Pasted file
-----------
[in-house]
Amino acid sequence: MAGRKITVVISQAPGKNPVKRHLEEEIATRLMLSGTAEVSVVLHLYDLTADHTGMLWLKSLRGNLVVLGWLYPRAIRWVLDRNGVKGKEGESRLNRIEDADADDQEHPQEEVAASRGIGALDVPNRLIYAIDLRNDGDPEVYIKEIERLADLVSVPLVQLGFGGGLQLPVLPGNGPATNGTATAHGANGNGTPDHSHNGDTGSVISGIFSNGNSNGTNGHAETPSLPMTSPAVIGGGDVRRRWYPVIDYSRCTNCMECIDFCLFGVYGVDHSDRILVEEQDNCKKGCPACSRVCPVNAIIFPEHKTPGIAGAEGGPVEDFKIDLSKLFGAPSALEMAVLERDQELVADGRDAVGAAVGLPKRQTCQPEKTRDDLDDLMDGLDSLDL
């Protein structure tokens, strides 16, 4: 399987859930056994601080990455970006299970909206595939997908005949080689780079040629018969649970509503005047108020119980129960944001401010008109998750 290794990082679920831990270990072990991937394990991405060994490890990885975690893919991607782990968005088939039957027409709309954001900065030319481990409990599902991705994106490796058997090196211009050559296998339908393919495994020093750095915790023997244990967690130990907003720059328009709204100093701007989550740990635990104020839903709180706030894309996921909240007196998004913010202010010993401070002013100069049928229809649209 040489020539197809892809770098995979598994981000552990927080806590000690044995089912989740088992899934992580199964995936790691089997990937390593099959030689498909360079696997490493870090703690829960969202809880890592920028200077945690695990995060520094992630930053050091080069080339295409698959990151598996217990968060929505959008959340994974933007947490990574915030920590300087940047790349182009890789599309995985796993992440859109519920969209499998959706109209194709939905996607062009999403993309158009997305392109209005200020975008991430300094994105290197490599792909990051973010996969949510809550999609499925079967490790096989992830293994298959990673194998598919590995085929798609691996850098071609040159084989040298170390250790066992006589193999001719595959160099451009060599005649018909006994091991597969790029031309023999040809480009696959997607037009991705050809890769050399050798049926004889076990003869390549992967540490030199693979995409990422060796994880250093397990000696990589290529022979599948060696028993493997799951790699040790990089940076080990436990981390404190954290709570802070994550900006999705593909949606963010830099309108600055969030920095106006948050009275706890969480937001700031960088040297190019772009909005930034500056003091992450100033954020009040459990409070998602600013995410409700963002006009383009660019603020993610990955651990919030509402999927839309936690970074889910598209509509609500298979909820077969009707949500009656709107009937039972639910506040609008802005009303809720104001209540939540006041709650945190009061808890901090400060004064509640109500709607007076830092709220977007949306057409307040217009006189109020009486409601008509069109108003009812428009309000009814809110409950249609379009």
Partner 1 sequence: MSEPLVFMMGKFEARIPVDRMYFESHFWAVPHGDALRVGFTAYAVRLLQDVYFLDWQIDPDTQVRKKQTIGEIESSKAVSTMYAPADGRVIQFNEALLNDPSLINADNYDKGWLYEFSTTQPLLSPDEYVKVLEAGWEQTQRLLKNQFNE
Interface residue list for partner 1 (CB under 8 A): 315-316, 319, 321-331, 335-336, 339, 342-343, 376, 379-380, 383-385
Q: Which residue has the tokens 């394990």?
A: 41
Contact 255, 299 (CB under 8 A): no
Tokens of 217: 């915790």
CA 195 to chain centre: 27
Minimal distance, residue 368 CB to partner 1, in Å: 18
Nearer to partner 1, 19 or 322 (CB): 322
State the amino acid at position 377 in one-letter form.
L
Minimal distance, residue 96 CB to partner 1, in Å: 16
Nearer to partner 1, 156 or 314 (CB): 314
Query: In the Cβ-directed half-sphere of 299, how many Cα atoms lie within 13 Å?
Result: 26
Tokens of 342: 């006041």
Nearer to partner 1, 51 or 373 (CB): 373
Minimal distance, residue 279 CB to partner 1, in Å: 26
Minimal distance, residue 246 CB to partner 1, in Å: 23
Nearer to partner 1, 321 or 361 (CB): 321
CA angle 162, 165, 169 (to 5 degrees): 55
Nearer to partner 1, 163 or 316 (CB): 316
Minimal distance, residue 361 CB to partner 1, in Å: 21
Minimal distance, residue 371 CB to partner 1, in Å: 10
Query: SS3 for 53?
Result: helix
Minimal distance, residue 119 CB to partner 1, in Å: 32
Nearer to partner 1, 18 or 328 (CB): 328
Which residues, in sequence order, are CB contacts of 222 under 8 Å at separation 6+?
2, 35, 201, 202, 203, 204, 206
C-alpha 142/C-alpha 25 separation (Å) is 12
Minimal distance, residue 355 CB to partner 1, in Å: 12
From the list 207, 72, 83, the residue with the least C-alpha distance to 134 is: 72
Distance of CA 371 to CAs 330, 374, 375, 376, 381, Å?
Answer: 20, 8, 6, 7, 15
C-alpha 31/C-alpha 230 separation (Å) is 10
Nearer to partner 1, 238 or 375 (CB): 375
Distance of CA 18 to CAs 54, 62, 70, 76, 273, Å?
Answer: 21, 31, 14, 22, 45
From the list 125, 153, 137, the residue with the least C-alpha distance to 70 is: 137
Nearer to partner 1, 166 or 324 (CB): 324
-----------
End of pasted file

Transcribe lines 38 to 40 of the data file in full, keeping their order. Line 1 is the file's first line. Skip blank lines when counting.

Answer: 20, 8, 6, 7, 15
C-alpha 31/C-alpha 230 separation (Å) is 10
Nearer to partner 1, 238 or 375 (CB): 375